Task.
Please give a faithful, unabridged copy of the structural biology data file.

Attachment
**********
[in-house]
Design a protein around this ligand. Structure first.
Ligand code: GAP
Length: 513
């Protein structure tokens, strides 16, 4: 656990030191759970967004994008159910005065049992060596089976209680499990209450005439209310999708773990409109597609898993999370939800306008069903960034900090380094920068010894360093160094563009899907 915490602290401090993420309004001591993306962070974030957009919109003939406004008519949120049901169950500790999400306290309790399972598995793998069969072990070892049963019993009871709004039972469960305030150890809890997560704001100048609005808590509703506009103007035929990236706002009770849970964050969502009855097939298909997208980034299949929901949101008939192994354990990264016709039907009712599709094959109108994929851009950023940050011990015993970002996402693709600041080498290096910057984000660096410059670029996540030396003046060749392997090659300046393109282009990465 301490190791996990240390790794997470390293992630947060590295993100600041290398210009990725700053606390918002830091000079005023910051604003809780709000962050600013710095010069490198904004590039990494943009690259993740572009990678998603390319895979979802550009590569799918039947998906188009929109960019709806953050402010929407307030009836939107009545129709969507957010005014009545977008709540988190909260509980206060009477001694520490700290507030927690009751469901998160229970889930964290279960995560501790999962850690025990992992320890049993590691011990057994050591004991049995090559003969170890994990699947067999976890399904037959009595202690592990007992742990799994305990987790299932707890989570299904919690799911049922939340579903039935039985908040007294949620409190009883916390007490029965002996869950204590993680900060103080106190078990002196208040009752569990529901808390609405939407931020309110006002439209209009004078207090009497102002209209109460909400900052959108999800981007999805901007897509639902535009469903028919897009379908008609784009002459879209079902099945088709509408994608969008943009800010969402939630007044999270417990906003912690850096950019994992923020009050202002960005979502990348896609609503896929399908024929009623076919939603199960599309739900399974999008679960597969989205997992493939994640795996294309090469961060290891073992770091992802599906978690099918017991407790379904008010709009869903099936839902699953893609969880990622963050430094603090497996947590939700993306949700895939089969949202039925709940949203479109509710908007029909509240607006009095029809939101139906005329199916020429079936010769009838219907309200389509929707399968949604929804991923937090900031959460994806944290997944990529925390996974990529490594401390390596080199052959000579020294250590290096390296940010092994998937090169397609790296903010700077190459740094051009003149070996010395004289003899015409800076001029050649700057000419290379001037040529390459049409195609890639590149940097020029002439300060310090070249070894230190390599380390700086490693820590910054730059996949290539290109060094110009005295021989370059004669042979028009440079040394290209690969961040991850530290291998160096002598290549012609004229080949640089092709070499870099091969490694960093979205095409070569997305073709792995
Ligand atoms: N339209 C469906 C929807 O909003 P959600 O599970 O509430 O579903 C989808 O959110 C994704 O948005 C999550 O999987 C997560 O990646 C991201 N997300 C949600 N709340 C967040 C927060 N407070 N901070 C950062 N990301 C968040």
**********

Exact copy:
[in-house]
Design a protein around this ligand. Structure first.
Ligand code: GAP
Length: 513
């Protein structure tokens, strides 16, 4: 656990030191759970967004994008159910005065049992060596089976209680499990209450005439209310999708773990409109597609898993999370939800306008069903960034900090380094920068010894360093160094563009899907 915490602290401090993420309004001591993306962070974030957009919109003939406004008519949120049901169950500790999400306290309790399972598995793998069969072990070892049963019993009871709004039972469960305030150890809890997560704001100048609005808590509703506009103007035929990236706002009770849970964050969502009855097939298909997208980034299949929901949101008939192994354990990264016709039907009712599709094959109108994929851009950023940050011990015993970002996402693709600041080498290096910057984000660096410059670029996540030396003046060749392997090659300046393109282009990465 301490190791996990240390790794997470390293992630947060590295993100600041290398210009990725700053606390918002830091000079005023910051604003809780709000962050600013710095010069490198904004590039990494943009690259993740572009990678998603390319895979979802550009590569799918039947998906188009929109960019709806953050402010929407307030009836939107009545129709969507957010005014009545977008709540988190909260509980206060009477001694520490700290507030927690009751469901998160229970889930964290279960995560501790999962850690025990992992320890049993590691011990057994050591004991049995090559003969170890994990699947067999976890399904037959009595202690592990007992742990799994305990987790299932707890989570299904919690799911049922939340579903039935039985908040007294949620409190009883916390007490029965002996869950204590993680900060103080106190078990002196208040009752569990529901808390609405939407931020309110006002439209209009004078207090009497102002209209109460909400900052959108999800981007999805901007897509639902535009469903028919897009379908008609784009002459879209079902099945088709509408994608969008943009800010969402939630007044999270417990906003912690850096950019994992923020009050202002960005979502990348896609609503896929399908024929009623076919939603199960599309739900399974999008679960597969989205997992493939994640795996294309090469961060290891073992770091992802599906978690099918017991407790379904008010709009869903099936839902699953893609969880990622963050430094603090497996947590939700993306949700895939089969949202039925709940949203479109509710908007029909509240607006009095029809939101139906005329199916020429079936010769009838219907309200389509929707399968949604929804991923937090900031959460994806944290997944990529925390996974990529490594401390390596080199052959000579020294250590290096390296940010092994998937090169397609790296903010700077190459740094051009003149070996010395004289003899015409800076001029050649700057000419290379001037040529390459049409195609890639590149940097020029002439300060310090070249070894230190390599380390700086490693820590910054730059996949290539290109060094110009005295021989370059004669042979028009440079040394290209690969961040991850530290291998160096002598290549012609004229080949640089092709070499870099091969490694960093979205095409070569997305073709792995
Ligand atoms: N339209 C469906 C929807 O909003 P959600 O599970 O509430 O579903 C989808 O959110 C994704 O948005 C999550 O999987 C997560 O990646 C991201 N997300 C949600 N709340 C967040 C927060 N407070 N901070 C950062 N990301 C968040």